-SO-C6H4NH2-p, -S-S-C5H4-NH2-p, -CONH2, or even -P03H2 groups yielded compounds retaining some antimicrobial properties. Activity approached or exceeded the original sulfonamides in a few instances. Other pioneering studies to relate antibacterial activity to the degree of ionization (pKa), and thus to structural parameters, were carried out. Increased activity was observed as the pKa value reached 6.7 and lessened again with further increases. With time, very active compounds outside this optimal range were discovered.5
Unraveling the full mechanism of action of the "sulfas" took over two decades. An early finding was that the action of sulfanilamide against Streptococcus haemoliticus can be antagonized by an extract of the bacteria, as well as pus and yeast extracts. It was proposed that the drug was inhibiting an enzyme whose normal substrate was also a low-molecular-weight compound. Subsequent investigations involving extractions and testing of a variety of tissues yielded a weak acid with a diazotable (aromatic) amine, which was identified as p-aminobenzoic acid (PABA). It was suggested that PABA was the naturally occurring substrate and that it was an essential metabolite for (sulfonamide-sensitive) bacteria. It was also demonstrated that PABA-containing extracts were able to reverse the sulfanilamide-induced inhibition of bacterial growth in a competitive manner.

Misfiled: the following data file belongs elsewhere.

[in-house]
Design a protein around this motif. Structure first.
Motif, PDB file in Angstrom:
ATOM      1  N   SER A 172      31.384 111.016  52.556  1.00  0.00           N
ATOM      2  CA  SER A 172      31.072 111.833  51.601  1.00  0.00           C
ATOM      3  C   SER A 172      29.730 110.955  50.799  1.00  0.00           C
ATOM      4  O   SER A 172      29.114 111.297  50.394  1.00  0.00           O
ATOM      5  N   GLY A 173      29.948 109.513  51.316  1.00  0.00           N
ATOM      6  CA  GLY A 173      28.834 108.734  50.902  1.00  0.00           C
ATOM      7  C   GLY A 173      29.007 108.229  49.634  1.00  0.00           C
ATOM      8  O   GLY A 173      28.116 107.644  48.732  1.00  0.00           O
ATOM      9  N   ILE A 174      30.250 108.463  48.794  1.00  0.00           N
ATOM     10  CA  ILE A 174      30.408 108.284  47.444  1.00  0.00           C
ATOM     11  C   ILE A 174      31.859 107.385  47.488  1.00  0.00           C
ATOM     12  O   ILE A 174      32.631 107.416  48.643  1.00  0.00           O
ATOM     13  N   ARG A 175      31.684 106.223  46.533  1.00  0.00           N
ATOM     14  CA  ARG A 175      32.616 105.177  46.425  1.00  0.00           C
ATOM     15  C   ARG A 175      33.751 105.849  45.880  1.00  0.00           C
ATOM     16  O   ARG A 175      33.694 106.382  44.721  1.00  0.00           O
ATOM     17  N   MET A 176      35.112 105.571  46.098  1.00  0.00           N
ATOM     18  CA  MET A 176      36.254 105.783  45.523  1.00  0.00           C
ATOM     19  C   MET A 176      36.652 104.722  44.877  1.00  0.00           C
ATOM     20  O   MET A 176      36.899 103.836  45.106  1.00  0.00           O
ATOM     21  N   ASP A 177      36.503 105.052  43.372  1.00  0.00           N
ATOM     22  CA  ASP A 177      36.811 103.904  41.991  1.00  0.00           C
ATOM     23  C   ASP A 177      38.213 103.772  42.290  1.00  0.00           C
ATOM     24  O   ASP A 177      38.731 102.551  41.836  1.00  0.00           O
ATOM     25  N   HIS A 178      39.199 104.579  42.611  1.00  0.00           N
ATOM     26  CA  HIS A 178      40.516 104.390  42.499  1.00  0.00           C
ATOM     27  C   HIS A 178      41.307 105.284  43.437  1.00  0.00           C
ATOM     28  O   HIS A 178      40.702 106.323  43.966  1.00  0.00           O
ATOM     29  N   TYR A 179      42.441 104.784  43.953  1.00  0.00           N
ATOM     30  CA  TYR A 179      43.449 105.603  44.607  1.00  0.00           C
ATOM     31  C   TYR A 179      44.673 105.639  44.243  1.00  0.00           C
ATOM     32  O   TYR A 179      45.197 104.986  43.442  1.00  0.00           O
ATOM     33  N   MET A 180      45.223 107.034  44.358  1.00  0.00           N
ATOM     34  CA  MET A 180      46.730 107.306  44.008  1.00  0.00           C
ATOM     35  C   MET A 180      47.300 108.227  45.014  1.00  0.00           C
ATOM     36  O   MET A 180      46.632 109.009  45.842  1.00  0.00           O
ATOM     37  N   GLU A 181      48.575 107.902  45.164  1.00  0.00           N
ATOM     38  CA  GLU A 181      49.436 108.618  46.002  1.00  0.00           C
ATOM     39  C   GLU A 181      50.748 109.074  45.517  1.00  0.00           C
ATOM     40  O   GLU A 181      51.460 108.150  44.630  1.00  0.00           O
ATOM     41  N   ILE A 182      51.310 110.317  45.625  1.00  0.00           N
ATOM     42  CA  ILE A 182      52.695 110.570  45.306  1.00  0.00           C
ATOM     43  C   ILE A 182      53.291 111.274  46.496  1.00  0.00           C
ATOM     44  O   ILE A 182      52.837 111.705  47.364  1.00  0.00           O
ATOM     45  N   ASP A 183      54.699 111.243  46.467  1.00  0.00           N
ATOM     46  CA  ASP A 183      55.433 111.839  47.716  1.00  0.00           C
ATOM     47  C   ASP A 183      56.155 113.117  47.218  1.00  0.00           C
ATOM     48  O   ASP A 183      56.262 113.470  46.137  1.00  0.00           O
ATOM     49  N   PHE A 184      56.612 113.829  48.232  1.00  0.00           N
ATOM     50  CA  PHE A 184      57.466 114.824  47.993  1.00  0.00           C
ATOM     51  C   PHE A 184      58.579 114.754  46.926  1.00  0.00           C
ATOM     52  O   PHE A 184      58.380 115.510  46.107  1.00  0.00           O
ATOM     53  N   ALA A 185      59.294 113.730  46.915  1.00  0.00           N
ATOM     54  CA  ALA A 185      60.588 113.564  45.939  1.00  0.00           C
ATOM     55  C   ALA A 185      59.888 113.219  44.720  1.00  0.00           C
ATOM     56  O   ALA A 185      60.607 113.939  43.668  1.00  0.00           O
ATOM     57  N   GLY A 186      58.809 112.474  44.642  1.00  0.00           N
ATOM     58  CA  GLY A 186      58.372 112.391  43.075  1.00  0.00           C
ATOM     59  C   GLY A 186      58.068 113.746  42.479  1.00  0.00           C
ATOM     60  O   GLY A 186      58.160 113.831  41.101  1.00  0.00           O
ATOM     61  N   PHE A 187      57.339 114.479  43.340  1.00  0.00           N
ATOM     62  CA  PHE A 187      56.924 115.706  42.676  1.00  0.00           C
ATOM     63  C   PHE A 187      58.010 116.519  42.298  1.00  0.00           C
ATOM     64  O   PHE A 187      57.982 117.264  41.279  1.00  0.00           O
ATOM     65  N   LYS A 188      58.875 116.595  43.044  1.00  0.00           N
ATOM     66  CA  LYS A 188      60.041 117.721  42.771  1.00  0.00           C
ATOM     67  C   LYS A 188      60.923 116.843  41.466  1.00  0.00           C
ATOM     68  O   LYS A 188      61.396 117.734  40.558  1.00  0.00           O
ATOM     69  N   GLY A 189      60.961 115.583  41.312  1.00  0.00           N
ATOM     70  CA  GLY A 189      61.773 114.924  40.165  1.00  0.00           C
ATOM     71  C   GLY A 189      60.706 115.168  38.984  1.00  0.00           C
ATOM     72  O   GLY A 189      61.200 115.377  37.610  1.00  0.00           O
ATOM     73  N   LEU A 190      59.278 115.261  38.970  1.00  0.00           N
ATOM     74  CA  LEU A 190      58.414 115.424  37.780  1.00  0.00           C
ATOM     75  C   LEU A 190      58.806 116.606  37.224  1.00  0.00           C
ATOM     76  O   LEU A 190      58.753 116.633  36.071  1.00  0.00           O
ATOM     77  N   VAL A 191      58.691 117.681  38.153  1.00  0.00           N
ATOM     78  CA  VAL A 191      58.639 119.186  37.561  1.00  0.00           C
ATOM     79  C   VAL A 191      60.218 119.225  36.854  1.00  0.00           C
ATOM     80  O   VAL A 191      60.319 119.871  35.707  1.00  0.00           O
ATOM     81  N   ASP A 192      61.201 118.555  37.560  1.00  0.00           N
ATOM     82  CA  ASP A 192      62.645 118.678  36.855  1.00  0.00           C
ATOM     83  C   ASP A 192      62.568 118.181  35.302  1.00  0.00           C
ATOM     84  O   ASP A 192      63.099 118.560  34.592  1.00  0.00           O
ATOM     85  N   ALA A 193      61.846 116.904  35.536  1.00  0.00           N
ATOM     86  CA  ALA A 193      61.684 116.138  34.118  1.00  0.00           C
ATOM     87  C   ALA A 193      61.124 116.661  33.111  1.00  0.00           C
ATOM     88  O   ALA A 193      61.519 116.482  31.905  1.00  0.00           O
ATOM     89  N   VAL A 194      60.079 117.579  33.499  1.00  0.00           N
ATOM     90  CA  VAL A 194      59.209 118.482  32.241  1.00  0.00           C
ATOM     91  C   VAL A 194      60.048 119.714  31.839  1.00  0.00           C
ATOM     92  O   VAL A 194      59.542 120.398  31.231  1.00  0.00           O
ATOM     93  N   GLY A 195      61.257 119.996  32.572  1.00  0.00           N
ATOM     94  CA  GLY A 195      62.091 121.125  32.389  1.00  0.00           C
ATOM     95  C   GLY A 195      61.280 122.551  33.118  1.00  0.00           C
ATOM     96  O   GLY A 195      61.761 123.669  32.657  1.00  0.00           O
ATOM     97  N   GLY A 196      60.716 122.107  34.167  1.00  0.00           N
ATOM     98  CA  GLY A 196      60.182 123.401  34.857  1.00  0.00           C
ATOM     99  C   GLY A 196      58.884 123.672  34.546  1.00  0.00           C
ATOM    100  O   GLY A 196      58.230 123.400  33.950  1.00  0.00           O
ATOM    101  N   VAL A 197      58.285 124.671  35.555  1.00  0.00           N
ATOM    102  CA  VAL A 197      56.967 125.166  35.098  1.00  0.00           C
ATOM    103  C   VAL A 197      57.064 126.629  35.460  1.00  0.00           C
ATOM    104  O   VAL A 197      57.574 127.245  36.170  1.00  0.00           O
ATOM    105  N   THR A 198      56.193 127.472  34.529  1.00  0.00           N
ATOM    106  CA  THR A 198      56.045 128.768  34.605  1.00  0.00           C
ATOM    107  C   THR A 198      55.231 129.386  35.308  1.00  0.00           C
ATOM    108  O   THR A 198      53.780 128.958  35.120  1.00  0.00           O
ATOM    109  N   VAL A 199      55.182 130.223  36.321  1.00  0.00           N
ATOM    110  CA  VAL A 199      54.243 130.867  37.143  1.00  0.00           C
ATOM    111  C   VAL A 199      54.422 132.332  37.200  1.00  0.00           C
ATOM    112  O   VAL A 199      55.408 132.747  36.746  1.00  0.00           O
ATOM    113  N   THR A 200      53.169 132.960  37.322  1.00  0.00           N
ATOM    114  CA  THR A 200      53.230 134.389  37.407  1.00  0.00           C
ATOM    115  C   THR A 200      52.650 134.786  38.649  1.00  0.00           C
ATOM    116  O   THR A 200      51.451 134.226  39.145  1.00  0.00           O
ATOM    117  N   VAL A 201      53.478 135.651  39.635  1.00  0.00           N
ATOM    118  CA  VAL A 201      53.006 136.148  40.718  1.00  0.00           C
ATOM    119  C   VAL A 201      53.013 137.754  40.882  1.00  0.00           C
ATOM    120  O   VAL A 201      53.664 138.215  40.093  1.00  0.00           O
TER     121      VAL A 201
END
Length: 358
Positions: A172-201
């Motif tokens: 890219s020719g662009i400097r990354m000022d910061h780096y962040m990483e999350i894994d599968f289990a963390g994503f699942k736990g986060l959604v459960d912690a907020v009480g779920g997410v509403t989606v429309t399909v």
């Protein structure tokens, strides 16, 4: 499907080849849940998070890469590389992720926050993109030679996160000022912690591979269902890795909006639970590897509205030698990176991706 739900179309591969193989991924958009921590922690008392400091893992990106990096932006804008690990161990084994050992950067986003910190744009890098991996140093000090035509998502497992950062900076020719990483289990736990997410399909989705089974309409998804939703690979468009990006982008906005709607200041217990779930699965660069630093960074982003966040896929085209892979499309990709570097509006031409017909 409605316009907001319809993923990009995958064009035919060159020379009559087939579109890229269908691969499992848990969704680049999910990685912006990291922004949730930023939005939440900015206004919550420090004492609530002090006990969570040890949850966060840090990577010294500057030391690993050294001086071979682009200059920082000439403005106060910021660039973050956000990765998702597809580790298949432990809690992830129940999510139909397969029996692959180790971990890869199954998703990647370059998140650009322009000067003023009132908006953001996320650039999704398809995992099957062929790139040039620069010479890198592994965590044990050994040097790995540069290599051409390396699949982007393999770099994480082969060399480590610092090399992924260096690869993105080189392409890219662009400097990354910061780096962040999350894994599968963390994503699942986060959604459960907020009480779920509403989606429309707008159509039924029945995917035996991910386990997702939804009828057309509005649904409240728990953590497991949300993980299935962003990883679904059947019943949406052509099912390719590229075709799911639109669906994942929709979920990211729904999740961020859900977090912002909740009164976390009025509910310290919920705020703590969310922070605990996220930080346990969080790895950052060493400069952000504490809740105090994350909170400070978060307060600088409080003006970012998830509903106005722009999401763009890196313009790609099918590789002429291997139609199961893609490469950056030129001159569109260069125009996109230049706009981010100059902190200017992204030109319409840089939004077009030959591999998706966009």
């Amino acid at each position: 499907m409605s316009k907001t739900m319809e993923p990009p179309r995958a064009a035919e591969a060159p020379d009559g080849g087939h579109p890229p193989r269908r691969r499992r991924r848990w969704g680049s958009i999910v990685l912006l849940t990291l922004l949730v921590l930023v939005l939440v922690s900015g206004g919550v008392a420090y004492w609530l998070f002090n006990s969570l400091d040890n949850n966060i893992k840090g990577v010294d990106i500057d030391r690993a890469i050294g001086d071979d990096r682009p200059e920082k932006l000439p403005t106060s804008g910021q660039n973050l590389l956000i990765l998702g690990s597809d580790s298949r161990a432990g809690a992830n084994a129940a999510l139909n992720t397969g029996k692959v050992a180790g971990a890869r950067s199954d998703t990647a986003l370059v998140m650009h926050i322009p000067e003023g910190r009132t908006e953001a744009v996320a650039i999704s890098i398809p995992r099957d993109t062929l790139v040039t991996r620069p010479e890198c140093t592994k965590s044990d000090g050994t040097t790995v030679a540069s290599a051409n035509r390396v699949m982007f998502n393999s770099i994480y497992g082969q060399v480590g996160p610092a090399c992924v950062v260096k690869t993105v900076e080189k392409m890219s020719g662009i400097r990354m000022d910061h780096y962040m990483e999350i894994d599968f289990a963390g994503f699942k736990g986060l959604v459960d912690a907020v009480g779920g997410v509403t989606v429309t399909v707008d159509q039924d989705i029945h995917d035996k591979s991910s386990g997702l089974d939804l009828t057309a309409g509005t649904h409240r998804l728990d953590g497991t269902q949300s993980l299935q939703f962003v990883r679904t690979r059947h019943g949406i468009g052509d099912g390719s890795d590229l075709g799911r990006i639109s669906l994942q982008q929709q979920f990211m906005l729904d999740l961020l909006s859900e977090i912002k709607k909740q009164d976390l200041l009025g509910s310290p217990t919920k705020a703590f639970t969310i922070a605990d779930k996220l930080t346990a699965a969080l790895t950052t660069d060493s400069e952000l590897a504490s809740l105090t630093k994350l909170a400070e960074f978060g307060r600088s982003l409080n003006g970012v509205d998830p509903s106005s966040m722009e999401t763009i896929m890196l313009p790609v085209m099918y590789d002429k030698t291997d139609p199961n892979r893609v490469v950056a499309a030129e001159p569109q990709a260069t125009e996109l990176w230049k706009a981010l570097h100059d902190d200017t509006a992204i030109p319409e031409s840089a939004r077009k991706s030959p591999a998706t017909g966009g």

A comparison of the structures of PABA (as the carboxylate) and sulfanilamide (as the anion) indicated that this competitive inhibition was due to the amazing congruence of structural and electronic features between the two molecules.
Findings of the wide natural distribution of PABA and the establishment of the structure of folic acid (Fig. 2-3) seemed to confirm Wood's earlier prediction.
A complete understanding of sulfonamide action evolved over a 20-year period. The biosynthesis of the various folates in living cells had to be elucidated; their functions in the "scheme of things" had to be worked out. The following discourse will consider the effects of sulfonamides, as well as that of another group of important enzyme inhibitors—the dihydrofolic acid reductase inhibitors. Figure 2-4 outlines the stratagem as it is presently understood.
Guanine (A) is converted in several steps to the pteridyl alcohol 2-amino-4-hydroxy-6-hydroxymethyl-7,8-dihydropteridine (B). A two-step phosphorylation results in the pyrophosphate (D). The amine function of PABA is now in position to displace nucle-
5 For a comprehensive review of sulfonamides, see Seydel (1968).